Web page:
An application of full adders

We started by looking at half adders, which added just two bits. We then moved on to understanding how to add a far more useful three bits in a design called a 'full adder'. We saw that there are a number of ways of implementing this design and now we will take a brief look at an application of it.

We saw in the full adder section that there were different ways to design a full adder using logic gates. They all work in the same way, so we can actually put the design inside a black box to use it. We don't really need to know how a full adder was designed to be able to design uses for it. Here is the logic gate design using two half adders and an OR gate:


If we put this design inside a black box, we now have:


This is an example of 'abstraction', where we take something that is quite complicated and 'hide' the details in a simplified model, leaving something that is much easier to understand and a lot easier to use.

We have two inputs as before, A and B, plus a third input, which is the carry from a previous addition. The component generates a Sum and a Carry, which we will call Cout. We can now think of this as a single component. We know how it works but what goes on inside the component is not of interest to us. If we connected four of these components together, then we can start adding binary numbers that are any length long. We can do this, because we add binary numbers in columns, and we can feed the carry out from one component into the Cin of the next component. Here is a model of a 4 bit adder:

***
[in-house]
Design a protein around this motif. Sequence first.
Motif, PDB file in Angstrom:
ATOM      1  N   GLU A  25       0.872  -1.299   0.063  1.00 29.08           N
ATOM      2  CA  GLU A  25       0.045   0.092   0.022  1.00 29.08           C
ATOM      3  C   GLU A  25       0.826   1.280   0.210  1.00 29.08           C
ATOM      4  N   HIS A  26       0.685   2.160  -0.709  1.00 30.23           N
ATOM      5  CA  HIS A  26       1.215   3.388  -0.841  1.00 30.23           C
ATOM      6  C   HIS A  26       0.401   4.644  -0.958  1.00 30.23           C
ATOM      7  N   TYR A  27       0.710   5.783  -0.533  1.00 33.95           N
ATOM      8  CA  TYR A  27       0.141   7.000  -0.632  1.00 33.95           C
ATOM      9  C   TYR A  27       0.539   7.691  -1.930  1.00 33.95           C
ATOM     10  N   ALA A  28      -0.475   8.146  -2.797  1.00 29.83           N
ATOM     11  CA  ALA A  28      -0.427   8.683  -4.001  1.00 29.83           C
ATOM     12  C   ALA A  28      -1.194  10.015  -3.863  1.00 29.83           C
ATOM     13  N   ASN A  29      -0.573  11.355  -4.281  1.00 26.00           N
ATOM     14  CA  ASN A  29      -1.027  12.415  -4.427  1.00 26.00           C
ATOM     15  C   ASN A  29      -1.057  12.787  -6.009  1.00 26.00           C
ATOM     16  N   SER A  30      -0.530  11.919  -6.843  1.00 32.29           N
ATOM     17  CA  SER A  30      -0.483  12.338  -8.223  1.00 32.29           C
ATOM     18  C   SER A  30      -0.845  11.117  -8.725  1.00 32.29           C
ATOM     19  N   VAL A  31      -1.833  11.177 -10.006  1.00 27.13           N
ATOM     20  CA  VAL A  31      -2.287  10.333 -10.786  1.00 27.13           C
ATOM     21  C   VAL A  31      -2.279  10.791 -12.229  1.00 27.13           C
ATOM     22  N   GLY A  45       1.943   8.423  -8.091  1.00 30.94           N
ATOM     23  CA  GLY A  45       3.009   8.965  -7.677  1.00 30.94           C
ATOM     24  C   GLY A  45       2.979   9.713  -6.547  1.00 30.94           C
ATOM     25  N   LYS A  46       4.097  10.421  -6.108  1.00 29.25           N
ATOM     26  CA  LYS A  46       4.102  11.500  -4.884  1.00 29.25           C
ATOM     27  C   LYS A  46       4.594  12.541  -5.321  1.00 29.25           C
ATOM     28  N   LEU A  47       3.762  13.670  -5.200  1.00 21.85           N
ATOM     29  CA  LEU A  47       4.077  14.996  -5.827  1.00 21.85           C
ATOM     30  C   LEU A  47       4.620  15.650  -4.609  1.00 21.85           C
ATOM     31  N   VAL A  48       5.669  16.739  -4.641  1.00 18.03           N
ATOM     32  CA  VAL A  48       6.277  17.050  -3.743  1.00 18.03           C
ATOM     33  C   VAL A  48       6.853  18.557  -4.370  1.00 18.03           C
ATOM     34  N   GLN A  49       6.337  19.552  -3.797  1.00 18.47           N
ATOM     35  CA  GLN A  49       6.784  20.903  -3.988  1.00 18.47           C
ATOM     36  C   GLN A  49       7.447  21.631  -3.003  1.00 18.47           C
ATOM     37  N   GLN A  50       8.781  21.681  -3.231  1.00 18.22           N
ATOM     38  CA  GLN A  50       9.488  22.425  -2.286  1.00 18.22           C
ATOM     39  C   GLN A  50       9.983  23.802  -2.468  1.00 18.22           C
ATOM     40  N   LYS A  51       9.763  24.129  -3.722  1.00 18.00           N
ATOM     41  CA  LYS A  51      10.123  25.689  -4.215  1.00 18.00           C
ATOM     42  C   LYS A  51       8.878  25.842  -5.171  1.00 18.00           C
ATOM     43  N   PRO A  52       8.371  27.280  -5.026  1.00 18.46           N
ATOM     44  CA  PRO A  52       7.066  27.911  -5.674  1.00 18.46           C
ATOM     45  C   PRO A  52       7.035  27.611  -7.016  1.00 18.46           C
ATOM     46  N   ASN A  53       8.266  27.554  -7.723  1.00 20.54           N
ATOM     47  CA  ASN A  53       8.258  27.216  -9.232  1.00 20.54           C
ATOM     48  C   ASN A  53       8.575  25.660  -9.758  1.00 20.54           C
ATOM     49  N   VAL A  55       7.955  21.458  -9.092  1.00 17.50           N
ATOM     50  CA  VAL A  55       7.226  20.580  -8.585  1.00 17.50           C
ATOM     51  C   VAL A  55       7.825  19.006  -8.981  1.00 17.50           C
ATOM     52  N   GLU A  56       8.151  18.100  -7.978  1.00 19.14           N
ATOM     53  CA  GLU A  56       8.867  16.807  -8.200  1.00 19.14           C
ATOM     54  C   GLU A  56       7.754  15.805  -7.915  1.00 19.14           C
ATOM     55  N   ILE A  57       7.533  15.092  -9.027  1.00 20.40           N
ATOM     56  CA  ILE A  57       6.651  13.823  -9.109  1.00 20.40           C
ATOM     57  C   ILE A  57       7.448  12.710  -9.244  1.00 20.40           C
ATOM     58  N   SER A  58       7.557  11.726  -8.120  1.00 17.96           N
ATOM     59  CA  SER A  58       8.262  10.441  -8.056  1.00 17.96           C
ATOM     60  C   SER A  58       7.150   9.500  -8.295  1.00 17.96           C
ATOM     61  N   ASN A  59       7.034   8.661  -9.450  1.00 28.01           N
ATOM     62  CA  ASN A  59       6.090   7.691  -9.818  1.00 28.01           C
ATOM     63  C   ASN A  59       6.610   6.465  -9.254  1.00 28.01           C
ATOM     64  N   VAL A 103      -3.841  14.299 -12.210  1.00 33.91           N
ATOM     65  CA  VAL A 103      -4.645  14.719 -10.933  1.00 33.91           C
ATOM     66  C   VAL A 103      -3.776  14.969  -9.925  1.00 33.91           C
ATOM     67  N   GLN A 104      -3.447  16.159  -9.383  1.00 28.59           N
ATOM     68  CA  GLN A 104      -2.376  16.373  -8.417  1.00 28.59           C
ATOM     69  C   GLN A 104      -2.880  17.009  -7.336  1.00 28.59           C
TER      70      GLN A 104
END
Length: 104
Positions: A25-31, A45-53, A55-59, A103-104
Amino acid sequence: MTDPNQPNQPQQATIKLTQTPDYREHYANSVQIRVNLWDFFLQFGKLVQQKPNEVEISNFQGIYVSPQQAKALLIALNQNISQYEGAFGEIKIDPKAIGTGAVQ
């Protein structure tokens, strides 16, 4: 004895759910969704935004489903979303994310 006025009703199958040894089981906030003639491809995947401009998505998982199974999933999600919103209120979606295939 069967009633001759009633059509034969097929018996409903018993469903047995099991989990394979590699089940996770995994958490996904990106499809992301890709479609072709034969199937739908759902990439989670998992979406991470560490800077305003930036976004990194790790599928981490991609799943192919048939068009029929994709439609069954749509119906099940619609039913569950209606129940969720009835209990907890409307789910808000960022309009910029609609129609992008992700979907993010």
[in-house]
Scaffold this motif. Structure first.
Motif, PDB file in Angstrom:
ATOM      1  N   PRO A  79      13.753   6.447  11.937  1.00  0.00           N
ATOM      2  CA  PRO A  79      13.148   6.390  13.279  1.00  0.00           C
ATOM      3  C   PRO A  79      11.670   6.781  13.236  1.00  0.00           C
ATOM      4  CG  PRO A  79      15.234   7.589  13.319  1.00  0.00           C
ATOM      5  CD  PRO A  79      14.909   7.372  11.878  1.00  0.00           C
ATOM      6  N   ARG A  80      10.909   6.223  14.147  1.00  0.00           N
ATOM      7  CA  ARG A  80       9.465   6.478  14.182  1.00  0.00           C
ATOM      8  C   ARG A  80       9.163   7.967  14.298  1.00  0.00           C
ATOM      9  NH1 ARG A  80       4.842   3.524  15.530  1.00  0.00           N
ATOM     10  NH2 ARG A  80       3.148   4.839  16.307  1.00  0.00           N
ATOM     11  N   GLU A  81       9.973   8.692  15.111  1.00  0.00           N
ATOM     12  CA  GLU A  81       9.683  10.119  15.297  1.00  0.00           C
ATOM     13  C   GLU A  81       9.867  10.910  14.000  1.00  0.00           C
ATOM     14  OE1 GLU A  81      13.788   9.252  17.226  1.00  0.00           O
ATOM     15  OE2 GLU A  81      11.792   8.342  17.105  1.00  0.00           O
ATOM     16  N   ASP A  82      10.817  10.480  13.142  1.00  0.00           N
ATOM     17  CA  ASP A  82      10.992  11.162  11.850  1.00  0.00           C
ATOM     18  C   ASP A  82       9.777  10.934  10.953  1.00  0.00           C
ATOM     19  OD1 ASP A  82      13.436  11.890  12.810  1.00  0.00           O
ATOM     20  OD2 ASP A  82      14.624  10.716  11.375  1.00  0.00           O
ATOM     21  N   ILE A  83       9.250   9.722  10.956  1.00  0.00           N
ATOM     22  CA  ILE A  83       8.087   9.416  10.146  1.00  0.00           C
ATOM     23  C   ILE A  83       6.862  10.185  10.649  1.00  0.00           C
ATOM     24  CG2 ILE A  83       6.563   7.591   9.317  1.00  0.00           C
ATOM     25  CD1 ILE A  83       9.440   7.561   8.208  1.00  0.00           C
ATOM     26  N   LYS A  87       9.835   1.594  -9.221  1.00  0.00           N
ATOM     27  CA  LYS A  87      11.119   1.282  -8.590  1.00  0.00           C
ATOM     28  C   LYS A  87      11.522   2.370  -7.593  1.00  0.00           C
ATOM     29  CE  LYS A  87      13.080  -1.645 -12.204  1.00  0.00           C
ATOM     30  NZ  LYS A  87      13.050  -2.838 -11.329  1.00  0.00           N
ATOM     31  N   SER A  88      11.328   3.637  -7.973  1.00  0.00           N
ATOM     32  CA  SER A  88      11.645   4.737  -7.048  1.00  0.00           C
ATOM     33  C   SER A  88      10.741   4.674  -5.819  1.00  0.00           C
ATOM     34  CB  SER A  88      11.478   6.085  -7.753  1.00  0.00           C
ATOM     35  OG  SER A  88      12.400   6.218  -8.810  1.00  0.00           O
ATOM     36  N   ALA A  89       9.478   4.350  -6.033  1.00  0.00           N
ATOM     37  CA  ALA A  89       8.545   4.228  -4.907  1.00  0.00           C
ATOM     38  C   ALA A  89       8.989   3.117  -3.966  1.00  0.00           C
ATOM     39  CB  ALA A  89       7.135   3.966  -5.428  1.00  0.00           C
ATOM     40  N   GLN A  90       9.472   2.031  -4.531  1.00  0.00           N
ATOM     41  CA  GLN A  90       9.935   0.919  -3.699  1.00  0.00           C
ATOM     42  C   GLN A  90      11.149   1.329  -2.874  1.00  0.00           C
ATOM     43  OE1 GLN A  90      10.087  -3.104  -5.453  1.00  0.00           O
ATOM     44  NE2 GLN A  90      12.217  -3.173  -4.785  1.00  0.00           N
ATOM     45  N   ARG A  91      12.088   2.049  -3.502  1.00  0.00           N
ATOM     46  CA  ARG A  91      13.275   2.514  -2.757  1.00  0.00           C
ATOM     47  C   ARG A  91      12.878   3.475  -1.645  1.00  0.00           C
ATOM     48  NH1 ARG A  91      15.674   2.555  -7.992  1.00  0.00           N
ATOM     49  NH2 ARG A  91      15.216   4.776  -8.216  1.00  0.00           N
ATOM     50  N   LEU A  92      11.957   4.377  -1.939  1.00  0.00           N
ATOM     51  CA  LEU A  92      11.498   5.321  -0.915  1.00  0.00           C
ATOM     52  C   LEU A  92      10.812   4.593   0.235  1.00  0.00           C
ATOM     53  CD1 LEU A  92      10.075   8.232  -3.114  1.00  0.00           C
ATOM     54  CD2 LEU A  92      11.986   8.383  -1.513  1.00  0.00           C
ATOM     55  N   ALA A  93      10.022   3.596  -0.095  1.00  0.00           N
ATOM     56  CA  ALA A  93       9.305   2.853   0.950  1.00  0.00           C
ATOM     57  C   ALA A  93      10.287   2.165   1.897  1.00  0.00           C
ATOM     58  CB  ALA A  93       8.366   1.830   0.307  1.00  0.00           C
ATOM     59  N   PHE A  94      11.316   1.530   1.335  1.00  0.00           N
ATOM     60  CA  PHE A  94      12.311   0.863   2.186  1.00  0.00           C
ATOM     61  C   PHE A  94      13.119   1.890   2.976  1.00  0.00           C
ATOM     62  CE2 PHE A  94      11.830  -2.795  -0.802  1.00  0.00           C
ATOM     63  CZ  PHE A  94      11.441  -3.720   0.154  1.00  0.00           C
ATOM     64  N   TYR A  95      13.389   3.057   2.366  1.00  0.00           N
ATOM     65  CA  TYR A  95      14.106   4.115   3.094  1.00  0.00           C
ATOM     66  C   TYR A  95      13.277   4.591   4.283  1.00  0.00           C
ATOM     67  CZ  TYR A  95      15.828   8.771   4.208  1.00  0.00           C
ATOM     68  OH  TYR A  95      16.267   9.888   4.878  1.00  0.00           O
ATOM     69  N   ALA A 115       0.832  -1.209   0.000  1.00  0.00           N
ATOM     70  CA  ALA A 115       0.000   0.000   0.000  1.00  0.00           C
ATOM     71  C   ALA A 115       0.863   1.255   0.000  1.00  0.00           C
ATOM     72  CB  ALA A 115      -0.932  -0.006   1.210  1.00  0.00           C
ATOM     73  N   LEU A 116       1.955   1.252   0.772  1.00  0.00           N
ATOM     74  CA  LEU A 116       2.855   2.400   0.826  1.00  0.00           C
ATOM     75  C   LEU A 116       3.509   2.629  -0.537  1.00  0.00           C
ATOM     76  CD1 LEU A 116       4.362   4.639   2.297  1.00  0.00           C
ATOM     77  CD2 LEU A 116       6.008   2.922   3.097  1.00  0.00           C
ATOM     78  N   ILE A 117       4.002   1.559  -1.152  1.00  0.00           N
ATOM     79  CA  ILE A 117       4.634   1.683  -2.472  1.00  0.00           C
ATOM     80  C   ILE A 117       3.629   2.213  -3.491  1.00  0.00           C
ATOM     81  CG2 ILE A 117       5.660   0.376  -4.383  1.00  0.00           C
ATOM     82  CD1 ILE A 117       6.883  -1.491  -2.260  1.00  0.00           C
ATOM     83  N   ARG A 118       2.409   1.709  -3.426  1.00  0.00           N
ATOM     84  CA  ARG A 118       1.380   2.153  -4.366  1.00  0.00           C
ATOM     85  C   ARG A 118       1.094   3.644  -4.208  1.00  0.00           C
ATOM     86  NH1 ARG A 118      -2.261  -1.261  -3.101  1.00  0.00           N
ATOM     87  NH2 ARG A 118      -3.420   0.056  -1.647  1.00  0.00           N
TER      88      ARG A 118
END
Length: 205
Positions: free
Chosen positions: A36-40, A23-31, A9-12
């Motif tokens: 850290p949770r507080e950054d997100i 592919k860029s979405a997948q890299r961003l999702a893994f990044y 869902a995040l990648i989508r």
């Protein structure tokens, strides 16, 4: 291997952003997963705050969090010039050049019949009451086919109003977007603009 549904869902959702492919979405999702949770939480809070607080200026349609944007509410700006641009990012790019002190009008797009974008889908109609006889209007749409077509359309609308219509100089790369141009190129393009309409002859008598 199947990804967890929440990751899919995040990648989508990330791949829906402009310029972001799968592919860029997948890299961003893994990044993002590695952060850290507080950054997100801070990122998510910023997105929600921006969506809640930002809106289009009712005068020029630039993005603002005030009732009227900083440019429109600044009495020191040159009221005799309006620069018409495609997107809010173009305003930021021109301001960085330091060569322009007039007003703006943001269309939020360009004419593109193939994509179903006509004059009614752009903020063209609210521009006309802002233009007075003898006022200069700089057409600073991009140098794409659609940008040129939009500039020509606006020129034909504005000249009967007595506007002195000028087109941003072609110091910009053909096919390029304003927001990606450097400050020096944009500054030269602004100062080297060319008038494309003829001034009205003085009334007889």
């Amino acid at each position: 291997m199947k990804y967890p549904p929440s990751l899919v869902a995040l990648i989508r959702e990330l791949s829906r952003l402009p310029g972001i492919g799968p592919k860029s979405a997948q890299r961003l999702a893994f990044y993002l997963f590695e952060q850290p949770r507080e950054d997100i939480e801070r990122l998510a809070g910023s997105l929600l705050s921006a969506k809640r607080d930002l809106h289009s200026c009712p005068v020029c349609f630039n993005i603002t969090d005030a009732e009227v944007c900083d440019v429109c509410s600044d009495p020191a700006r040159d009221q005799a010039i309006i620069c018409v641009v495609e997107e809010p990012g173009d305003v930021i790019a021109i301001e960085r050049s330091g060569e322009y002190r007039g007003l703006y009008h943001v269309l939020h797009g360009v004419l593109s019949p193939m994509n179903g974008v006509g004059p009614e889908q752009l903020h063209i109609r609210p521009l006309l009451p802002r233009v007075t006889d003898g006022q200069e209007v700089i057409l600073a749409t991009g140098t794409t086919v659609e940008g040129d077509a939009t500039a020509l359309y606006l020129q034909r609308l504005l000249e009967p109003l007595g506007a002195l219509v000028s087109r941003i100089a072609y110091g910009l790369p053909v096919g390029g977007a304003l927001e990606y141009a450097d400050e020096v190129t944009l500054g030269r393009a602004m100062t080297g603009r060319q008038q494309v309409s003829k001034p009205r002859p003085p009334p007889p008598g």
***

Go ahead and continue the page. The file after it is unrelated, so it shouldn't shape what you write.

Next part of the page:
Take note that in the very first addition in the full adder on the right hand side, there is no carry so that input is always forced to be zero. We could now go out and buy four full adder components, wire them up in the way that you can see in the design and use it to add any four bit numbers together, such as this:

This design is very simple and relatively easy to understand. In computing terms, it is quite slow and there are better designs available. Perhaps you could see if you could find some on the Internet.